Architect: Edwin Nash
Demolished in the early 1980s to provide a new church and sheltered housing.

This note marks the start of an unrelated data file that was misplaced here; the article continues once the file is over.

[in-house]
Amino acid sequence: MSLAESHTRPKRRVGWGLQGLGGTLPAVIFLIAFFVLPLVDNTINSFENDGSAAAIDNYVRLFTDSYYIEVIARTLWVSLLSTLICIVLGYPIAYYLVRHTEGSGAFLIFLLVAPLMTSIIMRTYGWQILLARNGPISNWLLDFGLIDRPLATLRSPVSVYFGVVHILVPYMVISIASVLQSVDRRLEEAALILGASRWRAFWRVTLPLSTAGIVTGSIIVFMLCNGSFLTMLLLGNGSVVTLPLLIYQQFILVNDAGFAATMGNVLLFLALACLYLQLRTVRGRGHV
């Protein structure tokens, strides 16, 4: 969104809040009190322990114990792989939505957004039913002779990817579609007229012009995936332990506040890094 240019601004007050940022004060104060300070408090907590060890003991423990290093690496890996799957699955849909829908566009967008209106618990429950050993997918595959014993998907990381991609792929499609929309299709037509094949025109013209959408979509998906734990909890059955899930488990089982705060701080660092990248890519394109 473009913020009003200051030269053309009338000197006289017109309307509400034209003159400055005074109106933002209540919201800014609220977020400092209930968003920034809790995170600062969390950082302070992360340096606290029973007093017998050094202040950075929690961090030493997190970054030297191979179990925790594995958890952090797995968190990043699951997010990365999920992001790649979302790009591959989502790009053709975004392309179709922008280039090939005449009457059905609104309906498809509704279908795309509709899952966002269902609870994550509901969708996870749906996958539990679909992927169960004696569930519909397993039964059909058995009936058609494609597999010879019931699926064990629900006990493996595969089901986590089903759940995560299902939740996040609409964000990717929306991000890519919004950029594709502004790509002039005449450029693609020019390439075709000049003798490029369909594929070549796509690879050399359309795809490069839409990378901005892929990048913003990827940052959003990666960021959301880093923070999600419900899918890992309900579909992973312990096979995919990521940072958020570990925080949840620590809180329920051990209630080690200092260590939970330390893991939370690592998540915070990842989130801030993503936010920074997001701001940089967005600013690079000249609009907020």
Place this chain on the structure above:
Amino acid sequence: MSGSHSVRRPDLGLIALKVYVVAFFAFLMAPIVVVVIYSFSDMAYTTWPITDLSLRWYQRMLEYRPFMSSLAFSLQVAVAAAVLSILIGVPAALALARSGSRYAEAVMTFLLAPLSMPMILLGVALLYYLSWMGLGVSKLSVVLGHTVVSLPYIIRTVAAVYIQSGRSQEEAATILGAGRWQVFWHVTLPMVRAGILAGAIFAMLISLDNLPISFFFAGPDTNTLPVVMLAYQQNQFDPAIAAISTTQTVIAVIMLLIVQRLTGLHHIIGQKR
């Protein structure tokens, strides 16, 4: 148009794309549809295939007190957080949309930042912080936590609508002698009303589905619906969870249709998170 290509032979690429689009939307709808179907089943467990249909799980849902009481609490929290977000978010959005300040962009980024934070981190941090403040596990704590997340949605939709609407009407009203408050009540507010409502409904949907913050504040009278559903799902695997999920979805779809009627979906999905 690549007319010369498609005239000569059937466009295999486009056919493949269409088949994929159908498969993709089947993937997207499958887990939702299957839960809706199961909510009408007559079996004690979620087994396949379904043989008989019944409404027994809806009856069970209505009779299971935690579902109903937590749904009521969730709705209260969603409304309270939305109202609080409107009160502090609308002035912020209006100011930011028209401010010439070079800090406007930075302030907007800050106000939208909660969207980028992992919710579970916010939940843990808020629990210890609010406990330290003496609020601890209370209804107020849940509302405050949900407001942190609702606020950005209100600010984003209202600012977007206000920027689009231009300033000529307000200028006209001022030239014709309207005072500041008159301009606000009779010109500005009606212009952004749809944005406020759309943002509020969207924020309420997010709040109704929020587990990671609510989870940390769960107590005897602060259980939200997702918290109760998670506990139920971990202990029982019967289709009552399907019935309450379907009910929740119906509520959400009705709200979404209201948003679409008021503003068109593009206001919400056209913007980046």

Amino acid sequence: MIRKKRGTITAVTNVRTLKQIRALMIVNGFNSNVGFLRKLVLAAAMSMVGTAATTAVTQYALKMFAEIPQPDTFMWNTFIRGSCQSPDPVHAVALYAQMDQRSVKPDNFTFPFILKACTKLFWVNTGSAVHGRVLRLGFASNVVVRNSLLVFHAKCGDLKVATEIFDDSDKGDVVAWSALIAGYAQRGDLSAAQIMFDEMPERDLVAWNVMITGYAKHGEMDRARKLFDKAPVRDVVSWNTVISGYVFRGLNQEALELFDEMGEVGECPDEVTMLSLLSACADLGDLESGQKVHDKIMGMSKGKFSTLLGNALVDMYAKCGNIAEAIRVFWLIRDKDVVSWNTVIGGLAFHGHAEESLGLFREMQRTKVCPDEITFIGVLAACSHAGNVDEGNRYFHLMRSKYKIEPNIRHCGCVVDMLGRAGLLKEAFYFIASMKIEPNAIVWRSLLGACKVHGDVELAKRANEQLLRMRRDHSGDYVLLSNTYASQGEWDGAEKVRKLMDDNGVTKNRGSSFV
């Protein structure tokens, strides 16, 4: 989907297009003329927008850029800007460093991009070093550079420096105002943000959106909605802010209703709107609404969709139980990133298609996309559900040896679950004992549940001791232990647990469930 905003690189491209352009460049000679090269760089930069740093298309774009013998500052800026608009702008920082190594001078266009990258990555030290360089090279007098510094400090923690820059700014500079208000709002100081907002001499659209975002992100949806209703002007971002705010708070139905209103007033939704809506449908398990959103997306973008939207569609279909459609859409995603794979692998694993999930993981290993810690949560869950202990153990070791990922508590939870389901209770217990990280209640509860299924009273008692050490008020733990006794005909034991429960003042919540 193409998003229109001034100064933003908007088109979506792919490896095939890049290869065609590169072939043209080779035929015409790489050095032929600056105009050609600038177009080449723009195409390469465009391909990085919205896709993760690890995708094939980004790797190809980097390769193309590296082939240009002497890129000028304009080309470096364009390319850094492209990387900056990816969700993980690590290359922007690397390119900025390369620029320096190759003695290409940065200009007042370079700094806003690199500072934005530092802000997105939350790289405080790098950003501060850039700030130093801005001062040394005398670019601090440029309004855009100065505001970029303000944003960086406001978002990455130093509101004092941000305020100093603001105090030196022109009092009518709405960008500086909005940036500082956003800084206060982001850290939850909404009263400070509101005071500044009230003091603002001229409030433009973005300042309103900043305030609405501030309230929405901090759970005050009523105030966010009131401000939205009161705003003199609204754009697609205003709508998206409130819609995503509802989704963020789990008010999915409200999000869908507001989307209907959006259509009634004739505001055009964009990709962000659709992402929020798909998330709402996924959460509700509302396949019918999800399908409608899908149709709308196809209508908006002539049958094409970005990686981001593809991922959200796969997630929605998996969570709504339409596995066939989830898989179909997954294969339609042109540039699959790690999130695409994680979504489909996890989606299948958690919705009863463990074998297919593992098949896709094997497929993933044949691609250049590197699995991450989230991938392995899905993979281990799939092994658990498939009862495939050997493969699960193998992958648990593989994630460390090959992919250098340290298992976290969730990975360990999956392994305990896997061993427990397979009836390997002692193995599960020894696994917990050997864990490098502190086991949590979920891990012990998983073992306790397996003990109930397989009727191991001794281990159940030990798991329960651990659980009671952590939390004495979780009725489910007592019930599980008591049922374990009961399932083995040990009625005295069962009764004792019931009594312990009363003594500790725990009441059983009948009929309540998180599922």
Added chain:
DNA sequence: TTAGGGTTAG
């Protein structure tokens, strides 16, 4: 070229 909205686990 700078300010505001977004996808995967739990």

From The Building News: “This church was erected in 1865 from the designs of Mr. Edwin Nash, architect, and has been built with some variations and improvements upon what is shown in the engraving, the transepts and apsidal end having been retained, but the box-like projections in the angles have been omitted, and proper aisles, with columnar arcades, have been carried along nave and transepts instead. The stone used was low green sand Kentish rag and upper greensand Reigate, with which latter the walls are mainly built and faced, both externally and internally; the columns, window tracery, &c,, are of Bath, and the arches of the same, alternating with brown Speldhurst stone. It seats 700 and the cost has been £5,000. The contractor was Mr. Carruthers, and a small amount of decoration has been painted by Mr. Fisher. The font is circular and of alabaster, and with four marble shafts, cinctured, extending the whole height, the upper half being attached to the outer circumference, and the lower half being disengaged. It was executed by Mr. Jaquet from Mr. Nash’s draw-ings. It has the inscription “All my tree springs shall be in Thee.” The site is that which was occupied by some medicinal springs that had some repute more than a century ago, anda were named by Evelyn in his Diary.”